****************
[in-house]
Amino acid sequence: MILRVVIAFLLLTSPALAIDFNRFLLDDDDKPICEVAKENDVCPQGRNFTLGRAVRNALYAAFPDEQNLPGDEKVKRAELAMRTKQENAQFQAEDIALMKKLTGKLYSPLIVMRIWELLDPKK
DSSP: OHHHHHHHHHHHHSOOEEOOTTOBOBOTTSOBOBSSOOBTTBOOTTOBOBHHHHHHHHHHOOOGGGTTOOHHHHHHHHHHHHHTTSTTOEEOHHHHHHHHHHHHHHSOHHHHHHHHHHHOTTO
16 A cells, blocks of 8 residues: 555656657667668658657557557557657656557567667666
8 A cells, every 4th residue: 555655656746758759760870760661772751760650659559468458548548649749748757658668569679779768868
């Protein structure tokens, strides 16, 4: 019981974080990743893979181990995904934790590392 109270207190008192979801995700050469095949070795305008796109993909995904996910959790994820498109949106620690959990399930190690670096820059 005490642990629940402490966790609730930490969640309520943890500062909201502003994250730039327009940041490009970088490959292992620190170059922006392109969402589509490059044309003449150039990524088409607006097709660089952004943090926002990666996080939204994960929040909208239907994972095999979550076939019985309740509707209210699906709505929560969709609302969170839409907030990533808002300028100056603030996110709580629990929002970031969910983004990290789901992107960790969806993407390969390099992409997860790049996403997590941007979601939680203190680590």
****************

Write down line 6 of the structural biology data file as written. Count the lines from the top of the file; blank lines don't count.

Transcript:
């Protein structure tokens, strides 16, 4: 019981974080990743893979181990995904934790590392 109270207190008192979801995700050469095949070795305008796109993909995904996910959790994820498109949106620690959990399930190690670096820059 005490642990629940402490966790609730930490969640309520943890500062909201502003994250730039327009940041490009970088490959292992620190170059922006392109969402589509490059044309003449150039990524088409607006097709660089952004943090926002990666996080939204994960929040909208239907994972095999979550076939019985309740509707209210699906709505929560969709609302969170839409907030990533808002300028100056603030996110709580629990929002970031969910983004990290789901992107960790969806993407390969390099992409997860790049996403997590941007979601939680203190680590």